how checksum works?

    1. Could you please me how checksum work in the SQL statement ? below is an example.

    SELECT * FROM Tablename1 WHERE CHECKSUM(*)

    NOT IN (SELECT CHECKSUM(*) FROM TableName2)

    2. and there is page checksum and database backup checksum, and what does it do while page checksum and database backup checksum?

    thanks!

     

  • For the above to work, TableName1 and TableName2 would need to have have the same structure.

    Since the structure is the same, why not use

    SELECT * FROM TableName1
    EXCEPT
    SELECT * FROM TableName2
  • 892717952 wrote:

    1. Could you please me how checksum work in the SQL statement ? below is an example.

    SELECT * FROM Tablename1 WHERE CHECKSUM(*)

    NOT IN (SELECT CHECKSUM(*) FROM TableName2)

    2. and there is page checksum and database backup checksum, and what does it do while page checksum and database backup checksum?

    thanks!

    There is no way that I'd use CHECKSUM() for any such comparison.  The risk of collisions is just too high and you can verify that even Microsoft says so by doing a search for CHECKSUM in SQL Server (which you should have done already but probably didn't do or you'd have already know this).  The document also makes a suggestion as to a better alternative.

    Remember also that as small as the possibilities of a collision get with the larger HASHBYTES algorithms, there is no guarantee of there not being collisions.

    What that means is that if you have an inequality, then they're guaranteed to be different.  If you have an equality, then they are NOT guaranteed to be the same and you would need a secondary check for such supposed equal values.

    --Jeff Moden


    RBAR is pronounced "ree-bar" and is a "Modenism" for Row-By-Agonizing-Row.
    First step towards the paradigm shift of writing Set Based code:
    ________Stop thinking about what you want to do to a ROW... think, instead, of what you want to do to a COLUMN.
    "Change is inevitable... change for the better is not".
    "Dear Lord... I'm a DBA so please give me patience because, if you give me strength, I'm going to need bail money too!"

    Helpful Links:
    How to post code problems
    How to Post Performance Problems
    Create a Tally Function (fnTally)

  • DesNorton wrote:

    For the above to work, TableName1 and TableName2 would need to have have the same structure.

    Since the structure is the same, why not use

    SELECT * FROM TableName1
    EXCEPT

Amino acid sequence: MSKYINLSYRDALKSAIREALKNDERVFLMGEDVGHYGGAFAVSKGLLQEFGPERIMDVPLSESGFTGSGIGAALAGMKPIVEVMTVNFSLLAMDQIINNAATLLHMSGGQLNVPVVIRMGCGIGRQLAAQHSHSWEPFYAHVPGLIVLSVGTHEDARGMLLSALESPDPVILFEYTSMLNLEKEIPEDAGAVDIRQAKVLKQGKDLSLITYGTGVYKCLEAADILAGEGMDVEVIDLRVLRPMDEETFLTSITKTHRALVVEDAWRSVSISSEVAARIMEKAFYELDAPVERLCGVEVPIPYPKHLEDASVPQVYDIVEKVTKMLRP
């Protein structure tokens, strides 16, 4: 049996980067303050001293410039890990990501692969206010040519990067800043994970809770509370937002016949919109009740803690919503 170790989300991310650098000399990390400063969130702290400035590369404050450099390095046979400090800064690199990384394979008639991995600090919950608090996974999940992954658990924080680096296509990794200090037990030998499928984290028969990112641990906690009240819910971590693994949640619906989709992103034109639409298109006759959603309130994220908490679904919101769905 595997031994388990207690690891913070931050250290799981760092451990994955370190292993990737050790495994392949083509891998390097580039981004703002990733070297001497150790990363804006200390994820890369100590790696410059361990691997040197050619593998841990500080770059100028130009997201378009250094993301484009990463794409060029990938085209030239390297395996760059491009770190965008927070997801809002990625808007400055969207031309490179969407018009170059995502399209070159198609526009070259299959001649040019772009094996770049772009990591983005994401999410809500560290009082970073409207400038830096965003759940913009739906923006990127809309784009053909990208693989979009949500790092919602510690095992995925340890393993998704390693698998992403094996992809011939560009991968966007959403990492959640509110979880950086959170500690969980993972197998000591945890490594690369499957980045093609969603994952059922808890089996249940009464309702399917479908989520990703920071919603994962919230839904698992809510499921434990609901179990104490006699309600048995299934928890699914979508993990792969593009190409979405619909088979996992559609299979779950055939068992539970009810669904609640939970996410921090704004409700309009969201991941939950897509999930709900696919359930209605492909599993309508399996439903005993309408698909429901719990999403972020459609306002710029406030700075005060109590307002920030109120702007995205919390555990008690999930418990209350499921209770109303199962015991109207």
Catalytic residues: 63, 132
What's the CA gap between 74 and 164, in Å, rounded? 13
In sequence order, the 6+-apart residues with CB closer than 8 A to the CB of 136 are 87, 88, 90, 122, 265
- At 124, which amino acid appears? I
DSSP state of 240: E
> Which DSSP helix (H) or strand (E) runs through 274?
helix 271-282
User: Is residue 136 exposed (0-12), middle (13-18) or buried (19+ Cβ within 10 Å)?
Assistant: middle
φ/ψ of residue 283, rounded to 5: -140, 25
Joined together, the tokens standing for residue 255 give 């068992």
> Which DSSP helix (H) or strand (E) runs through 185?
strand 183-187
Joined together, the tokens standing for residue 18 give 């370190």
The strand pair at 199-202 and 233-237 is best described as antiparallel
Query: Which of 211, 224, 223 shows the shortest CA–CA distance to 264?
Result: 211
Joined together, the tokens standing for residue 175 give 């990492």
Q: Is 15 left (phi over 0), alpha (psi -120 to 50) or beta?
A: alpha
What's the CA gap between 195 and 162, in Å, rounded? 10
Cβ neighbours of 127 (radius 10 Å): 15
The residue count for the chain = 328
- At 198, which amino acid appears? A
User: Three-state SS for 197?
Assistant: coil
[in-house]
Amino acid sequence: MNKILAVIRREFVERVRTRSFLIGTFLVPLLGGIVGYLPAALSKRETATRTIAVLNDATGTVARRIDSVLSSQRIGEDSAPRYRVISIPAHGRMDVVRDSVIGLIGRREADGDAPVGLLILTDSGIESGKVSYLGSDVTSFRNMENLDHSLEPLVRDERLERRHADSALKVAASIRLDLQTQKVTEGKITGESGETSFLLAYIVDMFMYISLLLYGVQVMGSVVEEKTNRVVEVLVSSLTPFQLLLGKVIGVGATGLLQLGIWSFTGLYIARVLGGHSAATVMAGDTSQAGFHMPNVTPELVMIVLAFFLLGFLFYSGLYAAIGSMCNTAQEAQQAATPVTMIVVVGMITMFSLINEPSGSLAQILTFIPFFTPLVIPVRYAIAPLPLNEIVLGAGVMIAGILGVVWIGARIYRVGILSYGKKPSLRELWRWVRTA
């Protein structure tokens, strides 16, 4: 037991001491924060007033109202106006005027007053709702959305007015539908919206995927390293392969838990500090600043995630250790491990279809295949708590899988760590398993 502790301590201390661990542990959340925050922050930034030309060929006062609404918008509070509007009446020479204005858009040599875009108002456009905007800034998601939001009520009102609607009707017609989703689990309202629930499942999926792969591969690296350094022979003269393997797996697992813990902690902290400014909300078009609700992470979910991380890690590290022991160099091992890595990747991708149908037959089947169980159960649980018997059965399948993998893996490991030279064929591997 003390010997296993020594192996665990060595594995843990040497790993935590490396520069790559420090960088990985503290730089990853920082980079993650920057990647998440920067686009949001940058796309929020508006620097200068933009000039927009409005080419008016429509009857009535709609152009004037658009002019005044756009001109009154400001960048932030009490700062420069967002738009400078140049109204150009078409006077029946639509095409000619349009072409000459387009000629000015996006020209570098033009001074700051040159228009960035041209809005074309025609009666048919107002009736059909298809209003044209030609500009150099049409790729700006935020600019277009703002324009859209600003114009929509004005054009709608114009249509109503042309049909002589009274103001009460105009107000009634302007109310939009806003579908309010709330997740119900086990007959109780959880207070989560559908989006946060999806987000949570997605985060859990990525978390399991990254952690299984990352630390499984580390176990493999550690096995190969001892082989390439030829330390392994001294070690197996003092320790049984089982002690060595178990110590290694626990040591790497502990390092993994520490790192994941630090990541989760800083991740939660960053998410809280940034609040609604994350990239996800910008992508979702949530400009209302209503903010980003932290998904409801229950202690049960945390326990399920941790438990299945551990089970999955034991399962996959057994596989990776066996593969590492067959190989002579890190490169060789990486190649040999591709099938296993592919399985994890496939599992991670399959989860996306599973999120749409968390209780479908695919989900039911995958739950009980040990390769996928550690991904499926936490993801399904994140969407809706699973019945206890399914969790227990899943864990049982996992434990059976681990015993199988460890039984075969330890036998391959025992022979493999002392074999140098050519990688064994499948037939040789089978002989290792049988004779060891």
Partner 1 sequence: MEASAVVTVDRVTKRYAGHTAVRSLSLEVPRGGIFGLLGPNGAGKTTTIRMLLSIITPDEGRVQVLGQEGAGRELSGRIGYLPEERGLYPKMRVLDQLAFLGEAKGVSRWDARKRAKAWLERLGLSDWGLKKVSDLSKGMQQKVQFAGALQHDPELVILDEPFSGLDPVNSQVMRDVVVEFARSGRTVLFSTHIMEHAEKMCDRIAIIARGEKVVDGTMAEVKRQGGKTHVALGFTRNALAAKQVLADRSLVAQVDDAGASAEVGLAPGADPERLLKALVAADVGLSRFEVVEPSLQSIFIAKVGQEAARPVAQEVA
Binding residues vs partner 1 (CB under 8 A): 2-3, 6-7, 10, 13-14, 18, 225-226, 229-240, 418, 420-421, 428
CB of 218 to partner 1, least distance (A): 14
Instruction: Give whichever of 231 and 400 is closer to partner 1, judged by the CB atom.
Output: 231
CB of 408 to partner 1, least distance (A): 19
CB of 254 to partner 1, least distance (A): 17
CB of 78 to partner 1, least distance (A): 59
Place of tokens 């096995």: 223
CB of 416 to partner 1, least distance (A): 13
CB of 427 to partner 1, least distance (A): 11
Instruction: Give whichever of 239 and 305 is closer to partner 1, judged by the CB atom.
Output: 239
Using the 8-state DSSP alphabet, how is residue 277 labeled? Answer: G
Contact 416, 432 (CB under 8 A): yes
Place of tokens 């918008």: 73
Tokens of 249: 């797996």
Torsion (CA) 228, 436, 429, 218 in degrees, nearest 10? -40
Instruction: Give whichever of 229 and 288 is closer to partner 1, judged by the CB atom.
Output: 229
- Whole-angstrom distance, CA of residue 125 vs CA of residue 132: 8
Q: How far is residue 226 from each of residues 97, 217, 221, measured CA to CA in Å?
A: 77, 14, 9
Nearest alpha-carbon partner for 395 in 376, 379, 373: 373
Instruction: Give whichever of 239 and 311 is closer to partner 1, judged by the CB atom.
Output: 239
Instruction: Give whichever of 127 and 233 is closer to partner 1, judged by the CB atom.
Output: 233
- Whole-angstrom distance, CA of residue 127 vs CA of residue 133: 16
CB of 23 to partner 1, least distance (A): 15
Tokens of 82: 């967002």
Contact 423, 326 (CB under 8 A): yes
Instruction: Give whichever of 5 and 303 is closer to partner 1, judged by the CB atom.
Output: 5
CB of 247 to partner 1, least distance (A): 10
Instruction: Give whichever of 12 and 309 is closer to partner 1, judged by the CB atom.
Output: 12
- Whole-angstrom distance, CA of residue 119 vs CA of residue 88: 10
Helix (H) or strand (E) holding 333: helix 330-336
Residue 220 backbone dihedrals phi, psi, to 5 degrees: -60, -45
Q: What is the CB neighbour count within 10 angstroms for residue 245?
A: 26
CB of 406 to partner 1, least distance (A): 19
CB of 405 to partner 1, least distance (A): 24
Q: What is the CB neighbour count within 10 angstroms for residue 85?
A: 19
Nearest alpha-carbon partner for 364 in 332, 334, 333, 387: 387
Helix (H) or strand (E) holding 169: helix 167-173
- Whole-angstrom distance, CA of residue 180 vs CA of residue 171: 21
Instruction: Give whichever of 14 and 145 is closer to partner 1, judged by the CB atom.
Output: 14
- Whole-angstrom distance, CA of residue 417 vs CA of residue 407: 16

SELECT * FROM TableName2

    thank you DesNorton!

  • thank you Jeff Moden!

    I want to the theory of checksum while using it as comparison condition.

  • Here's a bit of theory: https://www.online-tech-tips.com/cool-websites/what-is-checksum/

    HASHBYTES can use SHA1.

    This is a quick check, but not necessarily an absolute one.

  • EXCEPT  is great.   But to be clear, it doesn't require that the tables have identical structures, it compares the results of two queries.    You can select a subset of columns, combine columns from joined tables, and even do datatype conversions  (like int to varchar) in the queries.    Also, you can make the EXCEPT run much faster if you have a common key to join on for your second query.

    declare @Tbl1 table (RowID int primary key, Color varchar(30), ColorCode varchar(5))
    declare @Tbl2 table (RowID int primary key, Color varchar(30), ColorNumber int)

    insert into @Tbl1
    values (1,'Red','30'), (2,'Blue','35'), (3,'Yellow', '40'), (4,'Paisley','ABC')

    insert into @Tbl2
    values (1,'Red',30), (2,'Blue',35), (3,'Yellow', 45) -- No match because 45 != 40

    select RowID, Color, ColorCode
    from @tbl1

    except

    select t1.RowID, t2.Color, convert(varchar(5), t2.ColorNumber)
    from @Tbl1 t1
    join @Tbl2 t2 on t1.RowID = t2.RowID

    __________________________________________________

    Against stupidity the gods themselves contend in vain. -- Friedrich Schiller
    Stop, children, what's that sound? Everybody look what's going down. -- Stephen Stills

  • The Dixie Flatline wrote:

    EXCEPT  is great.   But to be clear, it doesn't require that the tables have identical structures, it compares the results of two queries.    You can select a subset of columns, combine columns from joined tables, and even do datatype conversions  (like int to varchar) in the queries.    Also, you can make the EXCEPT run much faster if you have a common key to join on for your second query.

    declare @Tbl1 table (RowID int primary key, Color varchar(30), ColorCode varchar(5))
    declare @Tbl2 table (RowID int primary key, Color varchar(30), ColorNumber int)

    insert into @Tbl1
    values (1,'Red','30'), (2,'Blue','35'), (3,'Yellow', '40'), (4,'Paisley','ABC')

    insert into @Tbl2
    values (1,'Red',30), (2,'Blue',35), (3,'Yellow', 45) -- No match because 45 != 40

    select RowID, Color, ColorCode
    from @tbl1

    except

    select t1.RowID, t2.Color, convert(varchar(5), t2.ColorNumber)
    from @Tbl1 t1
    join @Tbl2 t2 on t1.RowID = t2.RowID

    Thank you for your kind help!

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